When we think of climate change and the Arctic, it’s usually polar bears or seals that come to mind.
But it turns out animal fossils dating from 50 million years ago have a story to tell us a well.
A recent study of shark teeth from this period suggests these animals could handle some of the environmental changes that come with warming temperatures better than we think.
“It could suggest that in future climate change that sharks have a lot more ecological plasticity, that is they can tolerate a lot more environmental conditions, then (what) they are living in today and make those fine physiological adjustments to be able to survive,” says Sora Kim, a postdoctoral fellow in Geophysical Sciences at the University of Chicago who led the study.
To find out why, Eye on the Arctic’s Eilís Quinn spoke with Sora Kim, a postdoctoral fellow in Geophysical Sciences at the University of Chicago who led the study:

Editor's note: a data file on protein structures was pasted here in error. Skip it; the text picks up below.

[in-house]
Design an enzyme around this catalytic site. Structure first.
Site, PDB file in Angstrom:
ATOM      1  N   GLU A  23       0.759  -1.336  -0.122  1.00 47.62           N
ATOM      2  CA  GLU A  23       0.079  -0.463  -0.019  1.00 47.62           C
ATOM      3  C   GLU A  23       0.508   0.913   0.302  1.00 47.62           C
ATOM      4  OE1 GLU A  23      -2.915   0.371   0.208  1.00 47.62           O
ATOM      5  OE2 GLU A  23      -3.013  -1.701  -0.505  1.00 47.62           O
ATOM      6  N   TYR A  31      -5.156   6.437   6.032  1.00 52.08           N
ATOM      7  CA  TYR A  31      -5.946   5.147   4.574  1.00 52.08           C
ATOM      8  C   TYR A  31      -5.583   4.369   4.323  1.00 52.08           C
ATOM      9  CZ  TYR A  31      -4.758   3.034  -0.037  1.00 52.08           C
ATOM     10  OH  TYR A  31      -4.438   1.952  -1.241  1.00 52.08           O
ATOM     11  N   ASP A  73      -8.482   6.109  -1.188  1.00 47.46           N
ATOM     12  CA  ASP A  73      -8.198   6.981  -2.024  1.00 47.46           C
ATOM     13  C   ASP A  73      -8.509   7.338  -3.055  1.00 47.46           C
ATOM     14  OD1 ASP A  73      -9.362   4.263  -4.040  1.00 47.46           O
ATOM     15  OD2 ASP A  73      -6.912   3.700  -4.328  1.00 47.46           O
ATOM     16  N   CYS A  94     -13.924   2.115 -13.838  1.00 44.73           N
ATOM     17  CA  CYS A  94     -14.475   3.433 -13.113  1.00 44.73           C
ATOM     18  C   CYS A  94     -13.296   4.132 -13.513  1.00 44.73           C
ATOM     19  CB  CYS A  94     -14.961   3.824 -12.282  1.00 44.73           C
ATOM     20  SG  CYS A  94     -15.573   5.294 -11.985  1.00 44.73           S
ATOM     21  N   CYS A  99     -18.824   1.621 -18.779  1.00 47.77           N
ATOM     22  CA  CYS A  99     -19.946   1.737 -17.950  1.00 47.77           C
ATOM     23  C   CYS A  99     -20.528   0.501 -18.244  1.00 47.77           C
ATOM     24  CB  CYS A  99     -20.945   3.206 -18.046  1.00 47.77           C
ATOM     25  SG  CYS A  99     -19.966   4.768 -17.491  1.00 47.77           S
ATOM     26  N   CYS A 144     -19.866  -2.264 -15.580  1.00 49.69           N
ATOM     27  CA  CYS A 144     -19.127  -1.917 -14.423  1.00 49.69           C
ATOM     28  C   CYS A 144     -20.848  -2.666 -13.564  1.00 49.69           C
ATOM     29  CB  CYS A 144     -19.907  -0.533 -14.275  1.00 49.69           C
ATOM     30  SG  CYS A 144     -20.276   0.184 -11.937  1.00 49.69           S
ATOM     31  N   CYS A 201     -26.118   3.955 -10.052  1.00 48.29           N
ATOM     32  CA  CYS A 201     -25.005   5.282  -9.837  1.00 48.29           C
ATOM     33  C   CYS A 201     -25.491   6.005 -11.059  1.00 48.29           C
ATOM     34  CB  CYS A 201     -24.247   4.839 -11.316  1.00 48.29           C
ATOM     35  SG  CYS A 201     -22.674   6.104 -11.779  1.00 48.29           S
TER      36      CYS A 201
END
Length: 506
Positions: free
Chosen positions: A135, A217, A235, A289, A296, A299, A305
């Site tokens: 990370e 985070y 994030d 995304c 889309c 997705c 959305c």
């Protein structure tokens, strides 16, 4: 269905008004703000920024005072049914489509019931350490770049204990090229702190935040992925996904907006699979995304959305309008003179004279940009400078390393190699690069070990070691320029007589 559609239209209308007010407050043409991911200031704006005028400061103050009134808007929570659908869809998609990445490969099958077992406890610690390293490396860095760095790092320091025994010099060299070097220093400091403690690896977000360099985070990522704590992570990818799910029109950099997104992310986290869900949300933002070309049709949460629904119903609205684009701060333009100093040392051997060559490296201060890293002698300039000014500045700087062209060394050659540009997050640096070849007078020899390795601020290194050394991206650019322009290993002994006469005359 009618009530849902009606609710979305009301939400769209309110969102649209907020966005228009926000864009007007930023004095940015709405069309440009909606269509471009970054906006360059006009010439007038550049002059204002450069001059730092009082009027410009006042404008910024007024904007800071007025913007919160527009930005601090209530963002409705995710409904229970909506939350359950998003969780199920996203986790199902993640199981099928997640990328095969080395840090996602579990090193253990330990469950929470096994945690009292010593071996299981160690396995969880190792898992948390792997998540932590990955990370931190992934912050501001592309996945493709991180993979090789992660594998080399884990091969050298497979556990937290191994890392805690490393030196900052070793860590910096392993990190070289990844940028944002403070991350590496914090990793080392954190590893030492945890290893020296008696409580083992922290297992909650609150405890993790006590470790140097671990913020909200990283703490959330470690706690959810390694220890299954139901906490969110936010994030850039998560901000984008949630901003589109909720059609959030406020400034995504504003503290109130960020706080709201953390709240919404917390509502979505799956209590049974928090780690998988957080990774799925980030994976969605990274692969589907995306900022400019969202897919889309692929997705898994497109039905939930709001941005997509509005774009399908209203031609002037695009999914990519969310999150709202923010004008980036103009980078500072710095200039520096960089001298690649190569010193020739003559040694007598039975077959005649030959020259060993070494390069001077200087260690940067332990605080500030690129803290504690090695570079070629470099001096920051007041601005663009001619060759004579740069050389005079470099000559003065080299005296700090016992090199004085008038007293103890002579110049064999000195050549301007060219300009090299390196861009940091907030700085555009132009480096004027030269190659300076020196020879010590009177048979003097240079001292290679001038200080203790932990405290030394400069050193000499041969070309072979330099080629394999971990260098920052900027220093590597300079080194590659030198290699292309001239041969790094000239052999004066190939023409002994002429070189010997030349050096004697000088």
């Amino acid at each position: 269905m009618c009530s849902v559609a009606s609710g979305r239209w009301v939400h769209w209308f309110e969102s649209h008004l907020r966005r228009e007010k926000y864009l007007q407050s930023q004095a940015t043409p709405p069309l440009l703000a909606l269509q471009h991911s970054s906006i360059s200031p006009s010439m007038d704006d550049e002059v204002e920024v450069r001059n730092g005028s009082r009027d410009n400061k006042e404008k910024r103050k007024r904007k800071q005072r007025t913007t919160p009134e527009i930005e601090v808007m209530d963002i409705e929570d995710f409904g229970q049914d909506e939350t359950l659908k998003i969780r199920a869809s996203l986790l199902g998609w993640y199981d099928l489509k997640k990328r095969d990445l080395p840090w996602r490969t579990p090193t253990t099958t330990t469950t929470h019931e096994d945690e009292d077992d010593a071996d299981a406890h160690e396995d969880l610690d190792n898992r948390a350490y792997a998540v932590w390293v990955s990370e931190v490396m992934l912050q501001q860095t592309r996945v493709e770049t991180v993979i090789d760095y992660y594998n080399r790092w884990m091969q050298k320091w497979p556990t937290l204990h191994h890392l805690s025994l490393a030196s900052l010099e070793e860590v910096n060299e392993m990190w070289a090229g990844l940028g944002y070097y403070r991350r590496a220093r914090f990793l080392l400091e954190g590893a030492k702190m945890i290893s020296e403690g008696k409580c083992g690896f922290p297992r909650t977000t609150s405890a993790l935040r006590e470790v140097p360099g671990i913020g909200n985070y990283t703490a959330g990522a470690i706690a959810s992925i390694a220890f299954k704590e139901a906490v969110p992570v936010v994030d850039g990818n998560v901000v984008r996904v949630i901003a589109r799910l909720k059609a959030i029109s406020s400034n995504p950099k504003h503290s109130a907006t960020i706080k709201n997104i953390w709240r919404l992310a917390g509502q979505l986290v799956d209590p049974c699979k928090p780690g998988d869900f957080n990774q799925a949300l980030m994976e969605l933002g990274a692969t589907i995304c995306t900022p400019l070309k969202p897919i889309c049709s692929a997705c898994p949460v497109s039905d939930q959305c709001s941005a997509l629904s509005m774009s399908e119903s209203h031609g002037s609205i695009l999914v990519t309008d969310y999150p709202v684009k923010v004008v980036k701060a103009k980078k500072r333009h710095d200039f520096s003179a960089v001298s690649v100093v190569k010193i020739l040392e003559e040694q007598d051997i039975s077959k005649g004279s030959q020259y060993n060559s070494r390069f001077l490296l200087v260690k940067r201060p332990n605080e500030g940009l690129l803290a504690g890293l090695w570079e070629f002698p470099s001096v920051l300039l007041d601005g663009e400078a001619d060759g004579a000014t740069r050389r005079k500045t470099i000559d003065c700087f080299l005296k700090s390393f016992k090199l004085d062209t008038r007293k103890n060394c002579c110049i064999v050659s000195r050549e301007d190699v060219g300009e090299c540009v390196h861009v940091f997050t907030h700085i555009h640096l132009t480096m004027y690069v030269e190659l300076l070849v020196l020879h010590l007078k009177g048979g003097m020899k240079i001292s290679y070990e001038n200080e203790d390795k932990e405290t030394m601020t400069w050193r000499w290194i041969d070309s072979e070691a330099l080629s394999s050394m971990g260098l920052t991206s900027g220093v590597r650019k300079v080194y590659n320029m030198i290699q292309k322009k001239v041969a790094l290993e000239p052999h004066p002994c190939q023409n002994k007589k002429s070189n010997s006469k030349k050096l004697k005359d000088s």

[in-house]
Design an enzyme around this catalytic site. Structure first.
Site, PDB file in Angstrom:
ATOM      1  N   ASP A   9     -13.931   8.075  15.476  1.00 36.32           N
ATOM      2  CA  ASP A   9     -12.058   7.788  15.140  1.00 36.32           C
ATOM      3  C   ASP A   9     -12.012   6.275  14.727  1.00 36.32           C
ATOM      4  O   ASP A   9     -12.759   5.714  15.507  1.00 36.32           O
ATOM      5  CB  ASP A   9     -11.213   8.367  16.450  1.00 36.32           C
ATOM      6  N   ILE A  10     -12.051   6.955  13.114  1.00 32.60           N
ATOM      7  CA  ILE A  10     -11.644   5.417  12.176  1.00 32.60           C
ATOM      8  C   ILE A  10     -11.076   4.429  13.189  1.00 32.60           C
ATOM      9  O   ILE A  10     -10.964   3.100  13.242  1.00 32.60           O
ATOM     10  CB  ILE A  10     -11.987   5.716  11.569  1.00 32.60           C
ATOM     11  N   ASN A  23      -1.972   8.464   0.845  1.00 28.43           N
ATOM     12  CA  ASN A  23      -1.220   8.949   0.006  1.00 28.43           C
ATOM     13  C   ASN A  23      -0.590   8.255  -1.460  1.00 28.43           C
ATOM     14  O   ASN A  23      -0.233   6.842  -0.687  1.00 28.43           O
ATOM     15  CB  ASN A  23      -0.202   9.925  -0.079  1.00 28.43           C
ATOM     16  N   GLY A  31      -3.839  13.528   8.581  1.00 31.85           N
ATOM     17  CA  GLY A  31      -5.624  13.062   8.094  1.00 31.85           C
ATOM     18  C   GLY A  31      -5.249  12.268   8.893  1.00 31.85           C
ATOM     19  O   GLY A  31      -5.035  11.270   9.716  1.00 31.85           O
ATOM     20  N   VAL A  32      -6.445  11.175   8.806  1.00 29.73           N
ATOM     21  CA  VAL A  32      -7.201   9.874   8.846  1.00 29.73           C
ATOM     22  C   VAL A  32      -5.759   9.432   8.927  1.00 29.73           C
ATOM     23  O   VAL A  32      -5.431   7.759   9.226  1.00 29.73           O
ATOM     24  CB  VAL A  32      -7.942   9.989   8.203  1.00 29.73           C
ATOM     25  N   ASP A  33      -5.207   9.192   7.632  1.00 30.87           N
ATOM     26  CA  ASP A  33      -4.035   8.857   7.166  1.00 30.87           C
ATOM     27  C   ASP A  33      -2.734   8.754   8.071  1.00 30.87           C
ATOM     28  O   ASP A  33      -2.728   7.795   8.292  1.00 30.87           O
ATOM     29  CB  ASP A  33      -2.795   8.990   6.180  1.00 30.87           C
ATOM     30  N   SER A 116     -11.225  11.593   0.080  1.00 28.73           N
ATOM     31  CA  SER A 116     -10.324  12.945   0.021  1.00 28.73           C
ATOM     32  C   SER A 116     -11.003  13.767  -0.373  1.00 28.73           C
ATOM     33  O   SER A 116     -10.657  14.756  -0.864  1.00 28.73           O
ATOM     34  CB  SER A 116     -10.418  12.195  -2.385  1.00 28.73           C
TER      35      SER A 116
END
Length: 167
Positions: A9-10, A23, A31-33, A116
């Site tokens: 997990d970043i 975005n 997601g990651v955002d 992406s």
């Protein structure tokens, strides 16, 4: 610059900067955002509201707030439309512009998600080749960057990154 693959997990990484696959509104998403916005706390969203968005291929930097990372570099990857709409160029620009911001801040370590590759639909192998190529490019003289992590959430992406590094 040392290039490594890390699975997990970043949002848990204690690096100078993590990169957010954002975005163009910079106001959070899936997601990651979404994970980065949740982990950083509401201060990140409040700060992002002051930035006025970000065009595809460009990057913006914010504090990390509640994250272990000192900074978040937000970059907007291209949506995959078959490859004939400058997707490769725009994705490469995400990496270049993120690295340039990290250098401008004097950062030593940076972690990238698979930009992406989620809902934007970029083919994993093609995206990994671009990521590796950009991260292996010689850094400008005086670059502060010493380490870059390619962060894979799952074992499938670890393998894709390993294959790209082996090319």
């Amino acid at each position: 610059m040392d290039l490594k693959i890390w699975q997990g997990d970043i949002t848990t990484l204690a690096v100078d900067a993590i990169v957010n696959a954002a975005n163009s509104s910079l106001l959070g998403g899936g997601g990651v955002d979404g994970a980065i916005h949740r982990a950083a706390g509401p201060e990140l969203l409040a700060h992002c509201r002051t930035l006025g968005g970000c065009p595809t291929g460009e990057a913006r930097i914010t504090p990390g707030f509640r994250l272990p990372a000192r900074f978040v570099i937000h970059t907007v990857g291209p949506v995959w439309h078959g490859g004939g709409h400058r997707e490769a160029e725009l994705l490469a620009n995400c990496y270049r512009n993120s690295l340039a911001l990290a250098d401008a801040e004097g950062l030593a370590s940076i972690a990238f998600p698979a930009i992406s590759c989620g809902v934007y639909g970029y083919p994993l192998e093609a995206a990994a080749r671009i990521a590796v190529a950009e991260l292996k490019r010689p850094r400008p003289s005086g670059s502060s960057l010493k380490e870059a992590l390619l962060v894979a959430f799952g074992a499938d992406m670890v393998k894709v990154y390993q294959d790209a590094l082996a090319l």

Eilís Quinn is an award-winning journalist and manages Radio Canada International’s Eye on the Arctic news cooperation project. Eilís has reported from the Arctic regions of all eight circumpolar countries and has produced numerous documentary and multimedia series about climate change and the issues facing Indigenous peoples in the North.
Her investigative report "Death in the Arctic: A community grieves, a father fights for change," about the murder of Robert Adams, a 19-year-old Inuk man from Arctic Quebec, received the silver medal for “Best Investigative Article or Series” at the 2019 Canadian Online Publishing Awards. The project also received an honourable mention for excellence in reporting on trauma at the 2019 Dart Awards in New York City.